A few Japanese companies have started shifting the global headquarters of certain business units outside of Japan. For example, Hitachi set up its global rail headquarters in London in 2014 and Terumo, in 2011 moved its blood management and artificial heart businesses to the USA. As the Nikkei Business magazine points out, this was mainly a case of moving certain functions over to acquired companies and did not result in overseas operations embarking on a wholesale restructuring of the business.
In the case of Nidec, however, the acquisition of KB Electronics, based in Florida USA in 2015 was instigated by Nidec Motors Corporation, Nidec’s subsidiary in Missouri USA. NMC was part of Emerson Motors in a previous incarnation. Then Nidec acquired EMG Elettromeccanica in Italy in September 2015 and then acquired a further division of Emerson in August. Again this was instigated by NMC. NMC is now functioning as the core of Nidec’s Appliance, Commercial, Industrial (ACIM) divisional company, headed uip by Kei Pang, the CEO of NMC (who was educated at The King’s School in Ely, UK and has a BA from the University of London, I note).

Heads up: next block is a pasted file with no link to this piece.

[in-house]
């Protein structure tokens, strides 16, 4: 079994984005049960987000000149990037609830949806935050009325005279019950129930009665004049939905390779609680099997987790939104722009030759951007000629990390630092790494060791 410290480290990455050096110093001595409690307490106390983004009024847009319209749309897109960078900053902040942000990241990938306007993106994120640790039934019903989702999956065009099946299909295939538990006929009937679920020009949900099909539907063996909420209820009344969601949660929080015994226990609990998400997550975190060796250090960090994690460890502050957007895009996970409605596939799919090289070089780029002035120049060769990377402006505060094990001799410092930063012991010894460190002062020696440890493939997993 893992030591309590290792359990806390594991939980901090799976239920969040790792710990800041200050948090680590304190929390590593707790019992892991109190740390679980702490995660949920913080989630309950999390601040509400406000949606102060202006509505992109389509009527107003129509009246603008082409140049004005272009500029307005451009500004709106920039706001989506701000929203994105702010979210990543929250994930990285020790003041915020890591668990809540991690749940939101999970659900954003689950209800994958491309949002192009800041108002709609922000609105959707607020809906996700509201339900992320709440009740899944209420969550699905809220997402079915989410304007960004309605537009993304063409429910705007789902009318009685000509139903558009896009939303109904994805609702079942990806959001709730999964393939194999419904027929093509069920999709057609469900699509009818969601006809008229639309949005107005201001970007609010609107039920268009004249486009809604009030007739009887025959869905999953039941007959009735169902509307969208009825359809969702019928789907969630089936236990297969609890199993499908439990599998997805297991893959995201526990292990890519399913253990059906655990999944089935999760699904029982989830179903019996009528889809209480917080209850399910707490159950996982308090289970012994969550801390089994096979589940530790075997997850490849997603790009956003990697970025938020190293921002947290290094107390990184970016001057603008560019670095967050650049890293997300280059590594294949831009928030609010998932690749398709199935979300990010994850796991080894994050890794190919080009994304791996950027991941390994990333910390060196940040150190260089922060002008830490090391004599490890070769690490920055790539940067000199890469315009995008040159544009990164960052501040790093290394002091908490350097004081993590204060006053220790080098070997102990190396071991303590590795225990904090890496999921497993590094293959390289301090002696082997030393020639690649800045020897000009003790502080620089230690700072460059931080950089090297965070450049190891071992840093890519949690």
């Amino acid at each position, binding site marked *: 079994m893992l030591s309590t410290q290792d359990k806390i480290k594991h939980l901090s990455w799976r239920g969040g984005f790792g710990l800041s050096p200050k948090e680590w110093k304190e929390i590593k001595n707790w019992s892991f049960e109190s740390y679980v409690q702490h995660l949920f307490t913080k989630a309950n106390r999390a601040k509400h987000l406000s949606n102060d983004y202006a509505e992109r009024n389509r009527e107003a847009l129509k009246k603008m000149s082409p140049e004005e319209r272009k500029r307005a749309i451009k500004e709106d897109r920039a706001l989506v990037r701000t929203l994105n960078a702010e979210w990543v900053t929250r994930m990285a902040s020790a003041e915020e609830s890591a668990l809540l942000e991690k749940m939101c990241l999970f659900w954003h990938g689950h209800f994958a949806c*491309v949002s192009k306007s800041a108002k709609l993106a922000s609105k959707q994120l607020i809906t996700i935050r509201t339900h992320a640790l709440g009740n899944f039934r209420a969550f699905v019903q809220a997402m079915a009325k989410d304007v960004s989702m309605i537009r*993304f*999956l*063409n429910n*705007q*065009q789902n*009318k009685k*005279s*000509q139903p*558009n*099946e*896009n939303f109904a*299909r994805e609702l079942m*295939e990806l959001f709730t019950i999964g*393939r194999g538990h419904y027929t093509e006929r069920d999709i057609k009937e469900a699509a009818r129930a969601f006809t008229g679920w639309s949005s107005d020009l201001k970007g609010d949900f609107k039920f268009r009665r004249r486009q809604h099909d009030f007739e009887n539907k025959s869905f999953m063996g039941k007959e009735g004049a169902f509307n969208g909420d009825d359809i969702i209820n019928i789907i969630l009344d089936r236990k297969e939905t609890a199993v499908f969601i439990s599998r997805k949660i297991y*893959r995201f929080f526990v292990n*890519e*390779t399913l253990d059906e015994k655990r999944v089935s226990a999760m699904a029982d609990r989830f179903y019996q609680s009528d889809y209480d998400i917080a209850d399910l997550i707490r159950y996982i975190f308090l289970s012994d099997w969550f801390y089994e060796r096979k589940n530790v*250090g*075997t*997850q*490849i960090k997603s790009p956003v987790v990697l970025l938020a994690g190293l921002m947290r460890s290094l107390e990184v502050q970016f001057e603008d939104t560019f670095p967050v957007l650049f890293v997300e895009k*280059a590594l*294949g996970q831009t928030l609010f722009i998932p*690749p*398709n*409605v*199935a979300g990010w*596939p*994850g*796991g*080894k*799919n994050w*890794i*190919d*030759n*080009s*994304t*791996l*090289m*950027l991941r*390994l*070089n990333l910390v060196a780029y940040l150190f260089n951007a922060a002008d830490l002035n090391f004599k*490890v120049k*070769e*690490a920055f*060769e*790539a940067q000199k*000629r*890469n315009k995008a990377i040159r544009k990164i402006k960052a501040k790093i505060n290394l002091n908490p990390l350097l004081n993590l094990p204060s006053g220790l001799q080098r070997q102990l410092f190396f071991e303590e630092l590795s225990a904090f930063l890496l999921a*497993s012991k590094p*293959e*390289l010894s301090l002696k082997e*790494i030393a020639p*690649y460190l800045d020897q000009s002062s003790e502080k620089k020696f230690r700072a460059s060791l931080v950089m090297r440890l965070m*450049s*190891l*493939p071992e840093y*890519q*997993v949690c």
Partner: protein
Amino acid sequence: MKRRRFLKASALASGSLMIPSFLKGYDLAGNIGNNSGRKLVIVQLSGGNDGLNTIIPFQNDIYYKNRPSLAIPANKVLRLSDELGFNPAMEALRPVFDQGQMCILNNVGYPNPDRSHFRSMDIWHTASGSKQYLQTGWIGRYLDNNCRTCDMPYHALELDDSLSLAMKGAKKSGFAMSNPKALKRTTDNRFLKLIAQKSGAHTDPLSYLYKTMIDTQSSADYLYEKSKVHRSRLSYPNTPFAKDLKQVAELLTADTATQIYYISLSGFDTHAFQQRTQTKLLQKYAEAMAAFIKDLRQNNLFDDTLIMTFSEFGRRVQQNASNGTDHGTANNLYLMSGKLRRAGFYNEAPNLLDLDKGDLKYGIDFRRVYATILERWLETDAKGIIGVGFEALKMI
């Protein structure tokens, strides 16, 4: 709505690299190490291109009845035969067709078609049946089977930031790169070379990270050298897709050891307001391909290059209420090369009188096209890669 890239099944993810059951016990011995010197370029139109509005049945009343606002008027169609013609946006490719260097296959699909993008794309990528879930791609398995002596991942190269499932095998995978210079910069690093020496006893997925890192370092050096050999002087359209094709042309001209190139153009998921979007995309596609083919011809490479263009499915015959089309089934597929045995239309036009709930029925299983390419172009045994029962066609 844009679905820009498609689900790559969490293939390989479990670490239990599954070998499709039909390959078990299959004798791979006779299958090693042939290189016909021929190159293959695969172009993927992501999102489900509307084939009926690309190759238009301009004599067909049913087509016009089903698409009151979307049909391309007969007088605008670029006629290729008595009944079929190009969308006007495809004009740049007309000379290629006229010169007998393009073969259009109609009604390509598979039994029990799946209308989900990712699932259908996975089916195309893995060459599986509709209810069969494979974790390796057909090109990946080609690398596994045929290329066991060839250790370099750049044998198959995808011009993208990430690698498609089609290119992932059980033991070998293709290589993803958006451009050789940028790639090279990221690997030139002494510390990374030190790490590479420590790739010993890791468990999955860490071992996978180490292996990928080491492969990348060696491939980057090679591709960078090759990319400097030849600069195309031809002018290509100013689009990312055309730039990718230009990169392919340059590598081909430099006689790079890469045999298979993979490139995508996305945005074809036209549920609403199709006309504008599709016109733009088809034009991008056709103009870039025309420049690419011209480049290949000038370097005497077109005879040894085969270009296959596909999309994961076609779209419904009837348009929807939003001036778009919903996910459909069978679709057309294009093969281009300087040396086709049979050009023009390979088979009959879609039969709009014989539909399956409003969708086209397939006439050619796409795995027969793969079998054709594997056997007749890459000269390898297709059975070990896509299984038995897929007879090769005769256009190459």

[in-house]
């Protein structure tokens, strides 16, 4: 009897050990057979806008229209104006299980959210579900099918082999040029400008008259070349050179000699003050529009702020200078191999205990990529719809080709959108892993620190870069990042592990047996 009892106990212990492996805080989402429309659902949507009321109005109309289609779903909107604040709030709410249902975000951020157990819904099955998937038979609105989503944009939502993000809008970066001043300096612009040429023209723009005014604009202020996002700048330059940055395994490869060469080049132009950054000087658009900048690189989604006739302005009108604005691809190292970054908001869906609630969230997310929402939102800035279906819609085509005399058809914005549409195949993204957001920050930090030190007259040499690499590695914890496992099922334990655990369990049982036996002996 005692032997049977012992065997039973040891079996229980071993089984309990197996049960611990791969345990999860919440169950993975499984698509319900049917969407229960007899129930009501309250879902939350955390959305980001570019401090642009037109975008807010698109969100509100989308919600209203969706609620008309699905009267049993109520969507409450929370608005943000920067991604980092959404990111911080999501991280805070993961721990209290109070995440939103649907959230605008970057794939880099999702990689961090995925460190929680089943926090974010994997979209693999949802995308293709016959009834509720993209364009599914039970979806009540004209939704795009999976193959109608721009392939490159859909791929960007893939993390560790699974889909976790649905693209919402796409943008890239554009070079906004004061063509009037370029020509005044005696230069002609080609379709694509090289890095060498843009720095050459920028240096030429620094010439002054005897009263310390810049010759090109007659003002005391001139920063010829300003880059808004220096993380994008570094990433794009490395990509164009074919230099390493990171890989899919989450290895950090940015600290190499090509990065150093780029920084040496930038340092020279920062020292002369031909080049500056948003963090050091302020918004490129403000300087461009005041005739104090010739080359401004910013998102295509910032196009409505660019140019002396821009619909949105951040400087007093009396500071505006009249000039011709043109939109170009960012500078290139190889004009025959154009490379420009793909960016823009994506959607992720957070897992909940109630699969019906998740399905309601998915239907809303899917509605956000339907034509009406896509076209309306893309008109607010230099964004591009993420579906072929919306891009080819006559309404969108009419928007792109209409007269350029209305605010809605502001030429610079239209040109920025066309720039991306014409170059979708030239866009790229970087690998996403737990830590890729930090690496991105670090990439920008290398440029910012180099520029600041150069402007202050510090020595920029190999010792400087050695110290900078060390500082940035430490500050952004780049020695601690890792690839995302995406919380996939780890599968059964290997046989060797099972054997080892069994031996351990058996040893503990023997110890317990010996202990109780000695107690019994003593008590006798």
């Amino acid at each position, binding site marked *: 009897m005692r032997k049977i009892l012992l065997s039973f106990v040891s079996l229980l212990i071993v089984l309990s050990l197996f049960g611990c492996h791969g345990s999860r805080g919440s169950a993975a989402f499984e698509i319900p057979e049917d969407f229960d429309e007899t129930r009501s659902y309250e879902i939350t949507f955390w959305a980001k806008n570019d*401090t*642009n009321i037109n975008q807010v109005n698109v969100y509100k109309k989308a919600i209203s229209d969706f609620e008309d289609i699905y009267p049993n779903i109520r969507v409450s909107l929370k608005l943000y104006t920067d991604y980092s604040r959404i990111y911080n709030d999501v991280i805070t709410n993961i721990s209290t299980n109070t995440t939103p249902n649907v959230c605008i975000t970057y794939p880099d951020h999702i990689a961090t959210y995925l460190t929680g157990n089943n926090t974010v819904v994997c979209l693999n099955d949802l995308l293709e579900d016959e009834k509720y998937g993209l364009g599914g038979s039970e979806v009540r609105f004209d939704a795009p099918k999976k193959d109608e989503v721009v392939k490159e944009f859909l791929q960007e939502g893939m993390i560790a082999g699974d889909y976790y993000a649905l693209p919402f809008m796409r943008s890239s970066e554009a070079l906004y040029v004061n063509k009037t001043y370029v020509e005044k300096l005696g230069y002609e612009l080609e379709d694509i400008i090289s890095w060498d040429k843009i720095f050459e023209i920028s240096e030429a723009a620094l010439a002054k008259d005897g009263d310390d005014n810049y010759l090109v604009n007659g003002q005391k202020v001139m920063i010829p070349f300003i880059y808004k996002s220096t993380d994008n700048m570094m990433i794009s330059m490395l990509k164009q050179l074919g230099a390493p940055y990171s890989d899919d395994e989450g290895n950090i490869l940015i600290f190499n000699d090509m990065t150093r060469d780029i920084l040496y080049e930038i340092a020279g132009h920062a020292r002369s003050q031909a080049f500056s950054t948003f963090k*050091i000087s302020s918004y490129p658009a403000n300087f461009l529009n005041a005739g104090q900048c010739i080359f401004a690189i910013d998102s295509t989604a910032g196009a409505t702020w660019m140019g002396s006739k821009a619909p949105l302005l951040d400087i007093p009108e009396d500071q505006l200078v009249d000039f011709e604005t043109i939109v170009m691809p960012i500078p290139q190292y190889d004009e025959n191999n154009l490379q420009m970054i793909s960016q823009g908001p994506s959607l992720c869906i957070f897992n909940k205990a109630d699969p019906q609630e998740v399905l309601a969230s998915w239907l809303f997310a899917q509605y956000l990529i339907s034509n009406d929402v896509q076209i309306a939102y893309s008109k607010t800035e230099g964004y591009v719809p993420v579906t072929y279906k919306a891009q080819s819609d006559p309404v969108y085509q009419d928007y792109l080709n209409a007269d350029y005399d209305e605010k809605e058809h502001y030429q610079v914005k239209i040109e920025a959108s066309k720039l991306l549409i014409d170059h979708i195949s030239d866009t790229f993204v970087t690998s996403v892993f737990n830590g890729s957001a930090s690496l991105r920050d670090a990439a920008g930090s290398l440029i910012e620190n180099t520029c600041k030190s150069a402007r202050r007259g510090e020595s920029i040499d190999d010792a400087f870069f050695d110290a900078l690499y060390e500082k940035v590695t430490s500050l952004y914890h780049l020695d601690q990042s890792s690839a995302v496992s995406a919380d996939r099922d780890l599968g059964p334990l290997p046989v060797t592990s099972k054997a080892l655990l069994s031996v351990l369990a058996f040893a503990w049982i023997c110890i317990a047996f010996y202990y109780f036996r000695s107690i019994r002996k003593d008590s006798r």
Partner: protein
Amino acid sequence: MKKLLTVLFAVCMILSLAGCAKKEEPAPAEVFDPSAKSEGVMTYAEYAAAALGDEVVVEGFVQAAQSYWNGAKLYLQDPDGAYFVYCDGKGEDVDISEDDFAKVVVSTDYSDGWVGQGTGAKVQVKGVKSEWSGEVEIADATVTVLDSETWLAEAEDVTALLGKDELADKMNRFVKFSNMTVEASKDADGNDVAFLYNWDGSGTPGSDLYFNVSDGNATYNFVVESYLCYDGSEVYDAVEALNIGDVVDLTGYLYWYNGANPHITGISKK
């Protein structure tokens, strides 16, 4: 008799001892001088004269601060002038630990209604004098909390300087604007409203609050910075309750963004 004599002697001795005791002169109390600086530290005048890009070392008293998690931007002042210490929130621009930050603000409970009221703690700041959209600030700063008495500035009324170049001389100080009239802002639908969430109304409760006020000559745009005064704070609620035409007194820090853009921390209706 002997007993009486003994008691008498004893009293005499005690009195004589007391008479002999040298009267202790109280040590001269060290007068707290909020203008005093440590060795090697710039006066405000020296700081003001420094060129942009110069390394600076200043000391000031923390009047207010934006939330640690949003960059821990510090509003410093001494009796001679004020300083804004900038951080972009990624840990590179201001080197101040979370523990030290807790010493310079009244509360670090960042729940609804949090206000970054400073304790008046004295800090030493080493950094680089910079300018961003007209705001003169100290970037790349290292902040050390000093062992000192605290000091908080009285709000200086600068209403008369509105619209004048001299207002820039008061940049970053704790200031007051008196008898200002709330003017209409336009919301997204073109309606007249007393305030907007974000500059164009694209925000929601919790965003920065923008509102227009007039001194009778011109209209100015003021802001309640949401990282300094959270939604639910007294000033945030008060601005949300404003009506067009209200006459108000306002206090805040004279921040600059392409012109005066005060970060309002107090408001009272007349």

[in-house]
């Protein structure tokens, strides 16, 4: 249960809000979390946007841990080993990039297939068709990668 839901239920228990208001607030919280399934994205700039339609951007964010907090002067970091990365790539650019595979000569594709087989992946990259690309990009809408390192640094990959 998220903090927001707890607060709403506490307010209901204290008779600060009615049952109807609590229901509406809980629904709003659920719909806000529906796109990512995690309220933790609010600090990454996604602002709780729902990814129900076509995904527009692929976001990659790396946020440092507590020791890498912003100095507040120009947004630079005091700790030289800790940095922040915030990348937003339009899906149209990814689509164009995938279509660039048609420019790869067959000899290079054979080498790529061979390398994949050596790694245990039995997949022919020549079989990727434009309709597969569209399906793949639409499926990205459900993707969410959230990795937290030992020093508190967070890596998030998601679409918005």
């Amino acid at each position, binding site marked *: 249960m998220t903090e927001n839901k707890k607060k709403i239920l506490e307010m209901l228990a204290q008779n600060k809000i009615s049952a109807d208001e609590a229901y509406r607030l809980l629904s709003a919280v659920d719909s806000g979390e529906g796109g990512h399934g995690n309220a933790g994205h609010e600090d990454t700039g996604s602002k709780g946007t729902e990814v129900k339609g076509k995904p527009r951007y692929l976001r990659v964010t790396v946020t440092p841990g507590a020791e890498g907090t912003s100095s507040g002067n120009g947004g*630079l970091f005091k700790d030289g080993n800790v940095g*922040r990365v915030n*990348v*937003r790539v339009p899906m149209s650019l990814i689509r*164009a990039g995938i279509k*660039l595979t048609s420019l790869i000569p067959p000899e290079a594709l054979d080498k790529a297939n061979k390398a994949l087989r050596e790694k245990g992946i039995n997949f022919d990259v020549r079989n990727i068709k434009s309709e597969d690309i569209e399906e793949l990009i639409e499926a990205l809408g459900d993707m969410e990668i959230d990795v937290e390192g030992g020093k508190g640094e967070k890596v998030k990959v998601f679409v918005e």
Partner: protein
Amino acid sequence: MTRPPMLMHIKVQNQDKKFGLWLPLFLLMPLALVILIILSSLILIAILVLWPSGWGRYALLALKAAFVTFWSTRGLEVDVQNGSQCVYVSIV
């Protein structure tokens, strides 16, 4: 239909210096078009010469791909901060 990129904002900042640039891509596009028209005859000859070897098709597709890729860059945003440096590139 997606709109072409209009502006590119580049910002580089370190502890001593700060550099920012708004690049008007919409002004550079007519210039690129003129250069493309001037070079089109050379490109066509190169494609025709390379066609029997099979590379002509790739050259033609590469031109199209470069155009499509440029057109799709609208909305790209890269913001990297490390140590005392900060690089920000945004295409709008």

Nidec rarely despatches more than 2 or 3 people from Japan headquarters as expatriates to overseas operations. Nidec globally is run on a matrix basis, with four Japanese executives in charge of global post merger integration, global business synergy & sales, global purchasing and global technology, running across the five regions of Japan, the USA, EMEA, China and Asia. As the Nikkei says, the matrix is there to intervene as needed with overseas operations. However it can easily lead to conflict. That is where Nagamori-ism – to take up the challenge of high growth and high profitability – should help to reconcile disagreement. It is meant to provide a structure where people can act independently and the organisation and business change accordingly. It’s progressing towards a structure which can survive even if Nagamori has gone.
Nagamori has surrounded himself with talent, and presumably potential successors, from many other Japanese companies, such as Mitsubishi Electric, Nissan, Hitachi, SMBC, Honda and Sharp. In an interview with Nikkei Business he says what’s important is to have a person who can change the company and who has a strong will to grow the business further. He would be willing to pay more than the usual salary Japanese CEOs receive, to compensate for the responsibility for result.
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